Have you ever had a call from an unknown number where the caller asks for your personal information or money? They may ask you to make a payment on a “late bill” or impersonate a legitimate organization like the IRS. This type of scam is called “vishing,” and it can cost victims both their money and their privacy. Today, we’ll show you how to spot and avoid vishing attacks.
What is Vishing?
The term “vishing” comes from the words “voice” and “phishing.” Phishing is a type of cybersecurity scam, and vishing attacks are not much different. The main difference between the two is that vishing attacks exclusively involve voice messages or phone calls. In most cases, these attacks are done against vulnerable targets such as the elderly or young adults.
Vishing is a type of social engineering attack that scams victims into surrendering their payment details or personal information. A scammer may call and say that they represent an institution like your bank. Their main goal is getting victims to pay them money or convince them to download a piece of malware software. Scam attackers may also attempt to gather identifying information or passwords in order to steal someone’s identity.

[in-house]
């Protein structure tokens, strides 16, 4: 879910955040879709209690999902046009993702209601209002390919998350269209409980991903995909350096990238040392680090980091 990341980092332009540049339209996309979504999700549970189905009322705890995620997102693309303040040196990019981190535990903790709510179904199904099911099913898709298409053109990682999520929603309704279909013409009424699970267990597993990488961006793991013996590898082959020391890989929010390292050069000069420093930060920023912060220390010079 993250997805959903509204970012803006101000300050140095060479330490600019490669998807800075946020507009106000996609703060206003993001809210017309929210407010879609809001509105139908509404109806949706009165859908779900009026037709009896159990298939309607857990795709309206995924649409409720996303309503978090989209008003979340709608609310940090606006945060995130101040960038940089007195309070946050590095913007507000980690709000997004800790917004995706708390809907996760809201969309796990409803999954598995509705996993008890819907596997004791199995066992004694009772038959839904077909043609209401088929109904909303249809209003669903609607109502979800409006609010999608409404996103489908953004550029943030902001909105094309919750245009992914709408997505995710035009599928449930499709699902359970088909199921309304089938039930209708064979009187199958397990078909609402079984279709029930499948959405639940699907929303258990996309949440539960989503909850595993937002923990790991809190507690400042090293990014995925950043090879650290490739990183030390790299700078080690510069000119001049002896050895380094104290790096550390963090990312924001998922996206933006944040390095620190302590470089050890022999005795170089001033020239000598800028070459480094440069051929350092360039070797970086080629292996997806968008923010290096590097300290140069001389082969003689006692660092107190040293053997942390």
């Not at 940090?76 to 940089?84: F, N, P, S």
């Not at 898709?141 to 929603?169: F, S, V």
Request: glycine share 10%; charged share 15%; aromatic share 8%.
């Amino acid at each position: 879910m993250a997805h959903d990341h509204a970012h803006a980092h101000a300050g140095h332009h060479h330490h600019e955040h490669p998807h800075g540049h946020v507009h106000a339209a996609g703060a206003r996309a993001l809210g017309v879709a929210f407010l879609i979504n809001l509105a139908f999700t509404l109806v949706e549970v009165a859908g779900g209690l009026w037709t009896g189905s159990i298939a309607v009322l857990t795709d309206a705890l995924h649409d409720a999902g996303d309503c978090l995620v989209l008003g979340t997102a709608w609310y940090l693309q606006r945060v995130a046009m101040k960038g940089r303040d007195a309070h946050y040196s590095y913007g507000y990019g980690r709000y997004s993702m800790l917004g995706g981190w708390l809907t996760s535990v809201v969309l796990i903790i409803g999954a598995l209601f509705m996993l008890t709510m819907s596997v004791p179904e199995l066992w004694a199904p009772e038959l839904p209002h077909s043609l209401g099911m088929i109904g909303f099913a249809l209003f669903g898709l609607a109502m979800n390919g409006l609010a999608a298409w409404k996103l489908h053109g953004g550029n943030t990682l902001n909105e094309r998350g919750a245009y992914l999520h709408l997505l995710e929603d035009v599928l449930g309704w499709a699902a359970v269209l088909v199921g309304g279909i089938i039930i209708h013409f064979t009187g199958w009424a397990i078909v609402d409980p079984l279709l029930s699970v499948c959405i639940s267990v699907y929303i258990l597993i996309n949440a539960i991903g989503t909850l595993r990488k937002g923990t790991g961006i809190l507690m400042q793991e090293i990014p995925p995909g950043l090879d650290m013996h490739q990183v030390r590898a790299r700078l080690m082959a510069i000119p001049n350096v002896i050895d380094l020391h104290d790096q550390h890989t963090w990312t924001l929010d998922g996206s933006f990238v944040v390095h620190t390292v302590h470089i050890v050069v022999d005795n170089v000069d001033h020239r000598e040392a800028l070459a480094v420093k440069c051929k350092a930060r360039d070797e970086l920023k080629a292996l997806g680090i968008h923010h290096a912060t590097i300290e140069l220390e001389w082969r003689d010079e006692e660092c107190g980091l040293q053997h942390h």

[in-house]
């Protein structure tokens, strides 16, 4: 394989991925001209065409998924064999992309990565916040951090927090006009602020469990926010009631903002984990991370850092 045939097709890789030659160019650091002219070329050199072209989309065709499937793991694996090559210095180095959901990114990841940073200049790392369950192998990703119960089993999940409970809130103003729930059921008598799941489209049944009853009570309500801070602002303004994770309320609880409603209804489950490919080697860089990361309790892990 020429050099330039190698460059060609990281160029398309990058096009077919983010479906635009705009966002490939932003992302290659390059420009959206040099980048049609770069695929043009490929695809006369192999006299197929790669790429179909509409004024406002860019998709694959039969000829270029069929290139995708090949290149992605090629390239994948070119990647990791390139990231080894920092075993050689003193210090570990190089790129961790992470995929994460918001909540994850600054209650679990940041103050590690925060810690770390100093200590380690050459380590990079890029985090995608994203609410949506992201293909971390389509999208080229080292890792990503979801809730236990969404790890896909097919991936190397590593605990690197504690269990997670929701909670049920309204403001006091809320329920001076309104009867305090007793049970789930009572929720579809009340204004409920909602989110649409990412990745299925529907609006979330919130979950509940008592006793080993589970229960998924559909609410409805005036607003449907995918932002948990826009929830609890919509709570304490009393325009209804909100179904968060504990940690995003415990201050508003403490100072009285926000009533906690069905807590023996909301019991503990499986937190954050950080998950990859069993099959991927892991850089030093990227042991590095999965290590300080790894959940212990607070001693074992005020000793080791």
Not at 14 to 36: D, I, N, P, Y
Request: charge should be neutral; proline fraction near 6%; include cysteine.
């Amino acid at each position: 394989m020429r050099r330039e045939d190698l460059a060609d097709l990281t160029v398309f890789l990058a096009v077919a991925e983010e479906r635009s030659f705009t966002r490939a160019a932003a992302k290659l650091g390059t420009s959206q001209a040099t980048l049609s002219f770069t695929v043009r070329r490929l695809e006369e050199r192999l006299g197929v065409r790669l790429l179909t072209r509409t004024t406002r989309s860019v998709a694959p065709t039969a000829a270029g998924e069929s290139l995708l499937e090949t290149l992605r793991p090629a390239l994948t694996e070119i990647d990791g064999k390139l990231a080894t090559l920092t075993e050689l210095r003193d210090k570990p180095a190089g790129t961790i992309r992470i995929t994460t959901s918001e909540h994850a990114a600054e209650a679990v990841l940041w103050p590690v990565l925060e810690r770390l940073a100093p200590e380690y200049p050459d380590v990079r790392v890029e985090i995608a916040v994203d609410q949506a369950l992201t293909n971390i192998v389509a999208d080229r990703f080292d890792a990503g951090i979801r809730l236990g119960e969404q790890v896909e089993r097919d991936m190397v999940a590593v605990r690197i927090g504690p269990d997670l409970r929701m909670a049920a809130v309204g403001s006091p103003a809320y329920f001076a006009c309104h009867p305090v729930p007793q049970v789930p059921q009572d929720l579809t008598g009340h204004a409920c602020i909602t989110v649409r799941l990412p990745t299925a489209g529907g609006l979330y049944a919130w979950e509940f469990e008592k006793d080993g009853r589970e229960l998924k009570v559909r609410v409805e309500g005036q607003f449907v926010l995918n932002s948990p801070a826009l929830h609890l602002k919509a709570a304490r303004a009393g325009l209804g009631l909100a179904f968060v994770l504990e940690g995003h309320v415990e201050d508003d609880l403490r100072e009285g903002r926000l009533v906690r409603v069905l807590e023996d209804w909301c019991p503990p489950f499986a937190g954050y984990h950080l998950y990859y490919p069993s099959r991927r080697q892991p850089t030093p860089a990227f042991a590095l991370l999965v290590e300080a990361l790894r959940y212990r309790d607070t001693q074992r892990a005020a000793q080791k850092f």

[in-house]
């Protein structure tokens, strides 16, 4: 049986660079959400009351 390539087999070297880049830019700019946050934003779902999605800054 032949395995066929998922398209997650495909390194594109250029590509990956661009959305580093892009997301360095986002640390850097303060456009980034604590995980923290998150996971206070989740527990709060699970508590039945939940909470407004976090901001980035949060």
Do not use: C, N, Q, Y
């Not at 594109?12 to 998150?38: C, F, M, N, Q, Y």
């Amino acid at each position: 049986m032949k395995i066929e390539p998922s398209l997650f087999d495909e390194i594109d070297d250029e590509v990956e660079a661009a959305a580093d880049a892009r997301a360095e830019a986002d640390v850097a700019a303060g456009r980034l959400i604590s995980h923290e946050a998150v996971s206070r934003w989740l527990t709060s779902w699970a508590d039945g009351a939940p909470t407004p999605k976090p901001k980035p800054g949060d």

Types of Vishing Attacks
Usually, attackers will use VoIP (voice over internet protocol) software to spoof a caller identification name or area code. This process is done in order to try and trick the target into answering the phone. Once their victim is on the line with them, they will often use one of the following vishing scam attacks.
This type of scam can manifest in a few different ways, but the most common variation involves a prerecorded message. Usually, these scams relate to fake issues with tax return information and threaten targets with arrest. Luckily, the IRS has very clear distinctions about how they contact citizens to avoid this very issue.
Social Security Scams
Elderly citizens are the primary target of these scams. They involve messages asking for targets to give up their banking information, Medicare number, or Social Security number. Scammers will then either use that information to steal their health and/or Social Security benefits.
Loan or Banking Scams
This vishing attack can target victims of all ages and involves predatory techniques of impersonating banks or credit unions. Callers will convince the target they have an unpaid balance from a fee or other account issues. Similarly, scammers can call and offer loans and/or prizes that seem too good to be true. The unfortunate reality is that they usually are.